There is a virtually endless list of common concerns that ought to and often do bring together American and Russian intelligence agencies. To begin with, there are two major existential threats to the security of both countries and the whole world that demand close cooperation between Washington and Moscow and their respective intelligence agencies. The first threat is the black market in weapons of mass destruction, notably chemical weapons, biological agents, and even radioactive material. In the past 20 years, there have been several cases of individuals or groups trying to sell or trade radioactive substances. The fear of such weapons possibly falling into the hands of non-state insurgents should be sufficient to entice close cooperation between American and Russian intelligence agencies. The second existential threat is that of global warming and its effects on international security. It is no secret that the rise in global temperatures is already having a measurable negative impact on food production, desertification, sea-level rise, and other factors that contribute to the destabilization of the economies of entire regions. Such trends fuel militancy, political extremism, wars, and mass migrations of populations, all of which are serious threats to the stability of the international system. Solving this global problem will require increased and prolonged cooperation on the political, economic, and security/intelligence level between the United States and Russia. The two countries must also work closely on a series of other topics, including standardizing the global regulation of cryptocurrencies, diffusing tensions between the two rival nuclear powers of India and Pakistan, tackling the tensions in the Korean Peninsula, preventing the destabilization of Egypt (the world’s largest Arab country), combating the growth of Sunni militancy in West Africa, and numerous other issues.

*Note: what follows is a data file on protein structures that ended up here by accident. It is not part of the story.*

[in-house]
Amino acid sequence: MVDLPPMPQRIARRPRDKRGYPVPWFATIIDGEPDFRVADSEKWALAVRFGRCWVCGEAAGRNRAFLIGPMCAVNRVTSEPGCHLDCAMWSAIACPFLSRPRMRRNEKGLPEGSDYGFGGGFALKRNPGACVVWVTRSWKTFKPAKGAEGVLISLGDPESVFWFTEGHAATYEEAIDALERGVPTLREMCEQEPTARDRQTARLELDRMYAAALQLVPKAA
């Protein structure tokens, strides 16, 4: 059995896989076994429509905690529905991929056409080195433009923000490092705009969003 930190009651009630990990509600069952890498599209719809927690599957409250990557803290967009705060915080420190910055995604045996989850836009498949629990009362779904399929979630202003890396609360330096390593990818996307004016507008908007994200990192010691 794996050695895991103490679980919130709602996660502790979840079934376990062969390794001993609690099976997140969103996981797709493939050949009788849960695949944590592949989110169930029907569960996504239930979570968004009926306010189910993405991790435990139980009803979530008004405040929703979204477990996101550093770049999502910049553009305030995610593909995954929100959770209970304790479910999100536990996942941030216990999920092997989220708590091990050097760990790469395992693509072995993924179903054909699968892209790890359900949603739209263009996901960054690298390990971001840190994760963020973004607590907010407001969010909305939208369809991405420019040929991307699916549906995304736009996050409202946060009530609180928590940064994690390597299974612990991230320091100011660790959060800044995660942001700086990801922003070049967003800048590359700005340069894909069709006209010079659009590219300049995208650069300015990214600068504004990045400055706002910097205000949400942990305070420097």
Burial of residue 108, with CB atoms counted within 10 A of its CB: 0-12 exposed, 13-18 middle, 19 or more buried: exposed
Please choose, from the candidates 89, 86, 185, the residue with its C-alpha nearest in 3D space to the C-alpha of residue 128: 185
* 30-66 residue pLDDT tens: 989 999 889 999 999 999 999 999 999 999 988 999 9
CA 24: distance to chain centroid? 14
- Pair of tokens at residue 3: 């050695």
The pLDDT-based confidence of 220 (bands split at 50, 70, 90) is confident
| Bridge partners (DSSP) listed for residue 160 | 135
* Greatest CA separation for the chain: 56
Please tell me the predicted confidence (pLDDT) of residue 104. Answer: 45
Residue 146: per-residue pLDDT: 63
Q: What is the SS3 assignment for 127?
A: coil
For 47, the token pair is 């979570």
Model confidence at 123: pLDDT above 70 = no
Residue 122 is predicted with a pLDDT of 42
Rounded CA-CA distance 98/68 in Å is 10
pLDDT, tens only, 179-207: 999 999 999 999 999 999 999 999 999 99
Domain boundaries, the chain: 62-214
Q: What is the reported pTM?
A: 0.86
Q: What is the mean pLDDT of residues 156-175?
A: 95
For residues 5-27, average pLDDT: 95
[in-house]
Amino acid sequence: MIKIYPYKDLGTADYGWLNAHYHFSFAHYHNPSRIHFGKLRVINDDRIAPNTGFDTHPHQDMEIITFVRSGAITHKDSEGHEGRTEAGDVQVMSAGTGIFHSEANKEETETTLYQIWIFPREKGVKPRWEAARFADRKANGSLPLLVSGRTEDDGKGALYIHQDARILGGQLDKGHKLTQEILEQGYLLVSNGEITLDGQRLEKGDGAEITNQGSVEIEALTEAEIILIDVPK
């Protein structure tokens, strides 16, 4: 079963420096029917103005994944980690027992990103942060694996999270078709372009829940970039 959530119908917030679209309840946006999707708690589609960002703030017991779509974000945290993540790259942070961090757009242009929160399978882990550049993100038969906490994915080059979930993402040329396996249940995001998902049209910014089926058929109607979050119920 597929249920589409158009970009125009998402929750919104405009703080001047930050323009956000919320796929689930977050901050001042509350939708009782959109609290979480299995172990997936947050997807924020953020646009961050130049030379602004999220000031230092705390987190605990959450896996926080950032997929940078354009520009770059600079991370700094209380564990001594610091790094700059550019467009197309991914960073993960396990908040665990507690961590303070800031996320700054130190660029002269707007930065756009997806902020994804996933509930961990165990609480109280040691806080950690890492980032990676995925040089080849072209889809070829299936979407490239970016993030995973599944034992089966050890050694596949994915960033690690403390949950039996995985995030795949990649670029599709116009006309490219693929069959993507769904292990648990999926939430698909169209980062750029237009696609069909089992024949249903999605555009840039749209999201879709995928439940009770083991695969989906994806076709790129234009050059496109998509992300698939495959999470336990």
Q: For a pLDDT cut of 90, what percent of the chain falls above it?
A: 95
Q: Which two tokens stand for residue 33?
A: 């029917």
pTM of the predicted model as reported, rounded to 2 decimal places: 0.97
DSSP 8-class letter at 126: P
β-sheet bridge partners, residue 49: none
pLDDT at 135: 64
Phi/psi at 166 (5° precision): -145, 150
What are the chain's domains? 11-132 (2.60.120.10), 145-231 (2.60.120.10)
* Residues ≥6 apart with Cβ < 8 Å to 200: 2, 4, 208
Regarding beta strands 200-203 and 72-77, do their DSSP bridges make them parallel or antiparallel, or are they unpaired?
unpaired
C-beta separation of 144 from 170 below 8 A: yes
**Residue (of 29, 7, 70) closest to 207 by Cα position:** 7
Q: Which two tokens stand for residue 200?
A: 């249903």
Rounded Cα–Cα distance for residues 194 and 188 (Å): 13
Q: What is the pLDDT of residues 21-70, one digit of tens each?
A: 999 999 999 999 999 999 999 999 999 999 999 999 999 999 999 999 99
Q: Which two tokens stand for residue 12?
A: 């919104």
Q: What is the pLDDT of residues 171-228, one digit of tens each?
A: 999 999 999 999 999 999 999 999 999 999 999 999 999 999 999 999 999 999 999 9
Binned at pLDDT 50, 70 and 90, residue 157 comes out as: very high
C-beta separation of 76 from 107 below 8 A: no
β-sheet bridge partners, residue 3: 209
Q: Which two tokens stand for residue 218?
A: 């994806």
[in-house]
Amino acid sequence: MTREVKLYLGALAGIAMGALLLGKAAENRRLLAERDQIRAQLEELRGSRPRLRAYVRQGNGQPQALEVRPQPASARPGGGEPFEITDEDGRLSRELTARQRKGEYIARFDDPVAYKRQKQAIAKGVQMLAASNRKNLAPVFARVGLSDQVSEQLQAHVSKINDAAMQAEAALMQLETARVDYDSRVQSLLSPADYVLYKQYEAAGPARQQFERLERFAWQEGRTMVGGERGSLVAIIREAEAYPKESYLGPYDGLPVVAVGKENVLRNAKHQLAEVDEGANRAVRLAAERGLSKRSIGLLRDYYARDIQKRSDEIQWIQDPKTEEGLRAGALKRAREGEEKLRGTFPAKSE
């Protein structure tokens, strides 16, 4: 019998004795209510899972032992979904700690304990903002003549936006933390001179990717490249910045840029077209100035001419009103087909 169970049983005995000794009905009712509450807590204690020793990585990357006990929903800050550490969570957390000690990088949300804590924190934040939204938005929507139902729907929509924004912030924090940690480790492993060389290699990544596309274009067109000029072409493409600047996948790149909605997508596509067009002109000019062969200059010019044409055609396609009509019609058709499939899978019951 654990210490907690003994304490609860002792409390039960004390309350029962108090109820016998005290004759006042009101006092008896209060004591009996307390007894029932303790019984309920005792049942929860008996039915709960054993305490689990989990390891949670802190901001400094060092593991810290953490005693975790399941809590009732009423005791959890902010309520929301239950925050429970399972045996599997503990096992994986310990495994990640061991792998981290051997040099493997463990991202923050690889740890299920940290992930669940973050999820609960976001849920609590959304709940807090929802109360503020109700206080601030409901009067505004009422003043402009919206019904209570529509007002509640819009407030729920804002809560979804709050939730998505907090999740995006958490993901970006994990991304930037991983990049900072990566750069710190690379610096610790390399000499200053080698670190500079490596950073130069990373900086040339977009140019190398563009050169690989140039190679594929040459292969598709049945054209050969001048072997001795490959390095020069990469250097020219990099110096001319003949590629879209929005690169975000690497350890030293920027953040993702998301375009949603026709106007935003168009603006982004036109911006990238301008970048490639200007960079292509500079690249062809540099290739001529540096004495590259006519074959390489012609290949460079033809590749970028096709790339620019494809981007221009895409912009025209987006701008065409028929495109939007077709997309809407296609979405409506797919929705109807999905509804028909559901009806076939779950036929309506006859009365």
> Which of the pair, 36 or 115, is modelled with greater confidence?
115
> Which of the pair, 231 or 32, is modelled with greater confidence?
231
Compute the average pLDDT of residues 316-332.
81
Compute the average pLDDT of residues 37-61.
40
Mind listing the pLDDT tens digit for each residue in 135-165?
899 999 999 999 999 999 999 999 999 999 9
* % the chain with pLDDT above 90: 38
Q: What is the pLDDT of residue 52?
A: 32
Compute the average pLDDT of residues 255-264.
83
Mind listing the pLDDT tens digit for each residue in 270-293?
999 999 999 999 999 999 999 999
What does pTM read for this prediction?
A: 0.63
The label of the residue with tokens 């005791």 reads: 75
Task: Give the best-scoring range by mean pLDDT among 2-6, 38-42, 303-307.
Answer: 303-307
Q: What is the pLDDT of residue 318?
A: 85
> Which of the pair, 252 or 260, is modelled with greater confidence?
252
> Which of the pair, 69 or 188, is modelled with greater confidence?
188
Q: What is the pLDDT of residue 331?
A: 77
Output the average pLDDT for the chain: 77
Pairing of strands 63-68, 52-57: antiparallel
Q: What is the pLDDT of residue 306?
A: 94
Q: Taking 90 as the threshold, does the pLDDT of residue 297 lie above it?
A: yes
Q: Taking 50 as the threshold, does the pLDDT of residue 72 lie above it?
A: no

Among other things, you are an expert in the Cold War. At present, Russia and the USA are experiencing a period of tensions in their relationship. In your opinion, what should be done in order to overcome these challenges and mend fences?
For those of us who remember the Cold War, and have studied the development of Russia–US relations in the postwar era, the current state of affairs between Washington and Moscow seems comparatively manageable. Despite tensions between Washington and Moscow, we are, thankfully, very far from an emergency of the type of the Berlin Crisis of 1961, the Cuban Missile Crisis, or even the 1984 collision between the US plane carrier Kitty Hawk and the K-314 Soviet submarine in the Sea of Japan. How do we avoid such dangerous escalations? The answer is simple: regularize communications between the two countries on various levels, including executive, political, economic and security-related. Such communications should continue even or, arguably, especially at times of rising tensions between the two nations. The overall context of this approach rests on the indisputable truth that Russia and the United States are the two central pillars on which the idea of world peace can be built for future generations.
First published in our partner RIAC
*Dr. Joseph Fitsanakis is Associate Professor of Political Science in the Intelligence and National Security Studies program at Coastal Carolina University. Prior to joining Coastal, he built the Security and Intelligence Studies program at King University, where he also directed the King Institute for Security and Intelligence Studies. An award-winning professor, Dr. Fitsanakis has lectured, taught and written extensively on subjects such as international security, intelligence, cyberespionage, and transnational crime. He is a syndicated columnist and frequent contributor to news media such as BBC television and radio, ABC Radio, Newsweek, and Sputnik, and his work has been referenced in outlets including The Washington Post, Foreign Policy, Politico, and The Huffington Post. Fitsanakis is also deputy director of the European Intelligence Academy and senior editor at intelNews.org, a scholarly blog that is cataloged through the United States Library of Congress, and a syndicated columnist.